AS: So this is the William Thomas Carol family mausoleum. And on February 20, 1862, when Willie Lincoln, who was the 11-year-old son of President Lincoln, died of typhoid fever, William Carol, who was the clerk of the Supreme Court, he actually served on that position for 34 years, he was the longest-serving Supreme Court clerk in American history today. He offered up his family mausoleum to place Willie until the family was able to get back to Illinois and bury him properly in the family plot in Springfield, Illinois. Which eventually happened after the president was assassinated — they eventually took the president and Willie back to Springfield, which is where they are now. The president, and this is true, it’s documented, that the president would come here in the dark of night. And he would get on his horse at the White House and apparently he was way too big for his horse and he would show up at the gate and the gatekeeper would hand him the key to the mausoleum and he would come in here and just hold his dead son. Which is really heartbreaking.
GB: For all the talk of graves, ghosts and spirits, Seiger wasn’t always a fan of cemeteries.
AS: I used to be creeped out by cemeteries, and I don’t know if I’d want to live by one, but I’ve learned over the years that cemeteries are great places for stories. Cemeteries tell you history of where you are and the people who came before us. And even if you’re not interested, if you have that — if your mantra is “Ugh, I don’t care about history,” which, P.S., you should, they’re just beautiful pieces to walk. They’re beautiful parks. If you see a name that sounds intriguing or familiar, look them up.
GB: For those now intrigued at taking a visit to Oak Hill Cemetery, Seiger has a message: Keep your eyes open and who knows what you’ll find. Her stories alone are a testament to that advice.
AS: When you come to a place like this, take your face out of your phone. So not only is this just a beautiful cemetery that has a lot of stories, it’s also a museum in a sense that they are preserving American history, they are preserving Washington history, they are preserving Georgetown history. Not just through the graves but through some of the artifacts that we take for granted, like keys.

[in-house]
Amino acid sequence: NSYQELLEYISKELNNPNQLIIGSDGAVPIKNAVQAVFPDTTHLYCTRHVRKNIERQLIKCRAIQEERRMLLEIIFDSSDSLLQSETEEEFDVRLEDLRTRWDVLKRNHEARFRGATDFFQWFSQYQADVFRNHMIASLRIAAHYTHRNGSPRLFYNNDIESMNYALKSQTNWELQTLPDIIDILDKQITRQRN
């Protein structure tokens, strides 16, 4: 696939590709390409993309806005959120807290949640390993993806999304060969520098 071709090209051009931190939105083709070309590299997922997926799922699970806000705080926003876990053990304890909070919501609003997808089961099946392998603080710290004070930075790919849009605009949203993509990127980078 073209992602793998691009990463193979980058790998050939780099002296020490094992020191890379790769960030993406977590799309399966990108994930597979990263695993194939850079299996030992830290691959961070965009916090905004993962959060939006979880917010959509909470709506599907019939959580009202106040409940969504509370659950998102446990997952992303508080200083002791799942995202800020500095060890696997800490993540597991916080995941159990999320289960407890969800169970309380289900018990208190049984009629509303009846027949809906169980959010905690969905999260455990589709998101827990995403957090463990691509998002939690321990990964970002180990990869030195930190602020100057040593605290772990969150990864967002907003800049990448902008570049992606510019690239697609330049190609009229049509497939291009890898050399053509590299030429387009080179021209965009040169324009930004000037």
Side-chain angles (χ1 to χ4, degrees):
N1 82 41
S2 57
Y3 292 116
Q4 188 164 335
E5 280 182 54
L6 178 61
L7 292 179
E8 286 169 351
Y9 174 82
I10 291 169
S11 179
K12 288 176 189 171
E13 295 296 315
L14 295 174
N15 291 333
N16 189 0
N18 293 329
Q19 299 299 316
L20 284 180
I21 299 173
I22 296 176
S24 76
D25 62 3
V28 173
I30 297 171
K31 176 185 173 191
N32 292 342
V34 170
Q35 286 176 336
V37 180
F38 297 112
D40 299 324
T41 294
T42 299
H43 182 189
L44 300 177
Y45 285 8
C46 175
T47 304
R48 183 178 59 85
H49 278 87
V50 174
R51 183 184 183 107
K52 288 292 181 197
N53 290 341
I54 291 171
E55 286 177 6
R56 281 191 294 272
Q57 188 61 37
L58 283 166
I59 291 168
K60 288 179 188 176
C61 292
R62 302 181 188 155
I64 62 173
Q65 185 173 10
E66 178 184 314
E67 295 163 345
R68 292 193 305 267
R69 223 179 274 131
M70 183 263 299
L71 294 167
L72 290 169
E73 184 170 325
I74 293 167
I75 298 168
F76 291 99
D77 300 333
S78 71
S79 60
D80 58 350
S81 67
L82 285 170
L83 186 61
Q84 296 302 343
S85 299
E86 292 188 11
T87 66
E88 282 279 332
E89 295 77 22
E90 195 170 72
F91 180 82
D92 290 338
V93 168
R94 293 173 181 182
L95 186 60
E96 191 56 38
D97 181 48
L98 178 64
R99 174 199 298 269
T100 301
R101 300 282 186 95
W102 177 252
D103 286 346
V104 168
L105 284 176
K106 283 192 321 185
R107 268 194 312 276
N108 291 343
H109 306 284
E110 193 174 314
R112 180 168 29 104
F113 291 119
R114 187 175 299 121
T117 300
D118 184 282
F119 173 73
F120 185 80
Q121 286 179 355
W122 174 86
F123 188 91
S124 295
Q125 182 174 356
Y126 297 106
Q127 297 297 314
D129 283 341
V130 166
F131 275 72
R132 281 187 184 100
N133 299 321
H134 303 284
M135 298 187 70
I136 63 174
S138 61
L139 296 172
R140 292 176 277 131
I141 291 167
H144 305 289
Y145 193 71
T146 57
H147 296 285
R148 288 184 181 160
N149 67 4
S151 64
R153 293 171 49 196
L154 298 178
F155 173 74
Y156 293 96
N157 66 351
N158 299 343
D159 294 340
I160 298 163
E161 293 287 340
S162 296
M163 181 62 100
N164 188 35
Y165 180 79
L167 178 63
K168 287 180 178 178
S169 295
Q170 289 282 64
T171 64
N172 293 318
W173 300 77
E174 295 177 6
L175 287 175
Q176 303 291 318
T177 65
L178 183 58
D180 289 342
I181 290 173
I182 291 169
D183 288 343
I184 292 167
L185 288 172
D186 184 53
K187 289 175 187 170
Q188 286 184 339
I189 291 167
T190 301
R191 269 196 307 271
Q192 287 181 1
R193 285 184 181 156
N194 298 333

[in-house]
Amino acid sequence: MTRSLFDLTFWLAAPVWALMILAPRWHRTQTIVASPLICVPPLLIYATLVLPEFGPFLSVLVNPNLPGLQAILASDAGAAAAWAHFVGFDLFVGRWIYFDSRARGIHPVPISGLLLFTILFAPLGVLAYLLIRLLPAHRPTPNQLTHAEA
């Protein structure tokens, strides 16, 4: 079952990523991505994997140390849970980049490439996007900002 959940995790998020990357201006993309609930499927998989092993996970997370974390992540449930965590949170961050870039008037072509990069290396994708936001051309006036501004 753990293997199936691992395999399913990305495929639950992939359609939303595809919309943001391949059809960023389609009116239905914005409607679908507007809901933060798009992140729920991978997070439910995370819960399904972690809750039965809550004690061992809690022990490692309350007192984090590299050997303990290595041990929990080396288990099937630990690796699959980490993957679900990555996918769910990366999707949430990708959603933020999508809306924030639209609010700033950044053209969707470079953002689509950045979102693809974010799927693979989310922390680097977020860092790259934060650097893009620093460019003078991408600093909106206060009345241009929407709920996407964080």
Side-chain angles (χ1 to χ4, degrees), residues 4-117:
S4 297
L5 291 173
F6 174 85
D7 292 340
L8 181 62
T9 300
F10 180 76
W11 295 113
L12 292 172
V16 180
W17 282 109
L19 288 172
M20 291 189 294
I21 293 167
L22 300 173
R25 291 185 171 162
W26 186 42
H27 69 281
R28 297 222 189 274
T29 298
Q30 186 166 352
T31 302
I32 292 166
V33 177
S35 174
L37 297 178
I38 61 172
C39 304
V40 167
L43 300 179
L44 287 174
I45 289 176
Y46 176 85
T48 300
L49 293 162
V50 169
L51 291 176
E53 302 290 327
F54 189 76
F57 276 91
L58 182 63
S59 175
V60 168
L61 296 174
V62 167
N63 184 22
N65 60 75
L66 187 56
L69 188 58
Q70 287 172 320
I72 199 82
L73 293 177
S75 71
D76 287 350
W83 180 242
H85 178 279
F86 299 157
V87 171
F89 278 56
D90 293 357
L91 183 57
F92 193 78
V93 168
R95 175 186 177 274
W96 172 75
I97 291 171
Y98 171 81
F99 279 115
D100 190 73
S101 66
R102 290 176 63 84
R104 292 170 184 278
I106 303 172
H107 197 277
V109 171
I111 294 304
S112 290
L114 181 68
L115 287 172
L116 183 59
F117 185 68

GB: These are only a few of the stories Seiger told me on my visit to Oak Hill Cemetery. And she’s just one tour guide. Every guide, she said, curates their own theme. For Seiger, her tours are about “Lincoln in the Bardo.” For others, it’s notable women, or journalists, or members of Congress. With 20,000 graves, there are endless stories to be told.
AS: But there’s, you know, this place that if you look around and you’re a photographer, this is a great place to come. There’s a resident six-point buck who likes to make an appearance here. And if you see him, he’s gigantic. He scared me to death. I saw him one day, I thought he was a headstone. And then his ear wiggled and I almost had a heart attack.
GB: This podcast was recorded, edited and produced by Grace Buono. Many special thanks to Andrea Seiger for taking the time to share her stories of Oak Hill Cemetery with me. Before I sign off here, a special announcement. After Thanksgiving, I’m thrilled to announce that two Multimedia staffers, Mia Rasmany (COL ’24) and Valerie Blinder (COL ’24) will be your next senior Multimedia editors. So, for all you dedicated listeners out there, if you hear another host on “The Community Corner,” that’s why. That’s all I have for today, tune in for more soon.